If you’ll indulge me for a few moments here, I would like to address a question that several author friends have passed my way in the last few days. After typing my response once, then copy-and-pasting it a few more times, I thought it better to simply post my thoughts here and hope that maybe somebody else will have something insightful to add, or at the very least will walk away feeling at least a tad bit more enlightened on a recent issue that had arisen in the indie scene.

As many of you well know I am sure, the indie writing scene pretty much lives and dies w/ Amazon. Sure, there is Createspace, Smashwords, Apple, etc., but by and large, Amazon is where the magic happens (to borrow a cliché). As a part of expanding their already robust empire, last fall Amazon began a subscription ebook service known as Kindle Unlimited. Like w/ Netflix, Amazon Prime, etc. it was a simple enough model wherein an individual pays a set monthly amount and is allowed unlimited ebook downloads.

As for the content portion of this system, authors are given the choice about whether or not they want their work to be included. If it is, they receive a proportion share of a (rather impressive) royalty pot Amazon makes available each month. If not, they can continue selling ebooks the way they always have.

Starting this month, Amazon tweaked the format – instead of doling out royalties for downloads, they will now keep track of pages read and allot royalties accordingly. (yeah, it gets a little hairy determining what a page is on an iReader, but you get the gist)

Needless to say, this has elicited a firestorm of responses from authors the world over, running the full gamut of levels of logic/outrage. I won’t try to get into them all here, but I would like to point a comment that was made on Hugh Howey’s discussion of the topic and again later mentioned on J.A. Konrath’s site:

When something seems too good to be true, it usually is.

And for short fiction writers, that was definitely the case under KU 1.0’s broken-ass rules.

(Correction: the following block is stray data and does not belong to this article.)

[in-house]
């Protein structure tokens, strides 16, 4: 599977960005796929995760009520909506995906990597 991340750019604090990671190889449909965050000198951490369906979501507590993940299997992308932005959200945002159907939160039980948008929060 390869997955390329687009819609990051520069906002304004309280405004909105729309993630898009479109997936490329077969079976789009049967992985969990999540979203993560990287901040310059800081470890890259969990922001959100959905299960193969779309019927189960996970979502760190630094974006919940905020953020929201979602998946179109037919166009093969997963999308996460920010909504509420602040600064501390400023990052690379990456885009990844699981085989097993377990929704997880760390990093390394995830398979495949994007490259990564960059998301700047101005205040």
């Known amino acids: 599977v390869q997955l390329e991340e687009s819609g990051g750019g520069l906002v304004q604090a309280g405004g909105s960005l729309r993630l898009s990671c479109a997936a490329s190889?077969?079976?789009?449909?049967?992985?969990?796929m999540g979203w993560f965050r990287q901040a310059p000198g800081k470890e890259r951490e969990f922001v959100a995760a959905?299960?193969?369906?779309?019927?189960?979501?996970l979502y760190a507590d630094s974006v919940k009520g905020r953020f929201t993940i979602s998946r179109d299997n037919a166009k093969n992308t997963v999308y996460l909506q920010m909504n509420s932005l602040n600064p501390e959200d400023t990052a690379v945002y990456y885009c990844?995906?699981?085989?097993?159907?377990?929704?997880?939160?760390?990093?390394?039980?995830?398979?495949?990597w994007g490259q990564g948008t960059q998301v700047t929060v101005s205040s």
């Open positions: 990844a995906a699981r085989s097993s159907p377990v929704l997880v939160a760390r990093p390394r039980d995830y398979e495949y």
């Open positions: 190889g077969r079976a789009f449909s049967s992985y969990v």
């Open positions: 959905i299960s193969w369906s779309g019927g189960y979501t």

Because when you can write ten short stories in far less time than it takes to write a 750-page epic novel, while getting paid 10X as much for your efforts, there’s a word for that.


It’s called an arbitrage opportunity.


When arbitrage opportunities arise, if you’re nimble you can exploit them for short term gains. But never, ever bank your livelihood on them, because by definition, they are temporary — brief bubbles that never last.


Market forces will iron any arbitrage opportunity out, sooner or later. So you make hay while the sun shines, and prepare for rainy day.


I’m genuinely sorry for the writers whose livelihoods were impacted by this change. Having your income drop suddenly sucks, and I sympathize. But if you look on the bright side, the folks who you were effectively taking money away from — writers of longer fiction — are finally getting their fair share of the KU “pot.”


For a brief time you made far more money as a writer than you would have under an equitable system, while we made far less. We don’t begrudge you that.


So don’t begrudge us writers of longer fiction our fair share, either, now that your arbitrage bubble has burst.



This is utter gold. Like this particular individual (it appears), I joined KU for the express purpose of getting my work into as many hands as possible. I have written shorter stories and such, but that really isn’t my thing and I didn’t want to expend the time/energy just to take advantage of a loophole built into the KU system.

Do I begrudge anybody that did? Absolutely not. Do your thing guys.

Do I expect any blowback against me now that the system has, as this commenter put it, corrected itself? I’ll let you be the judge of that…

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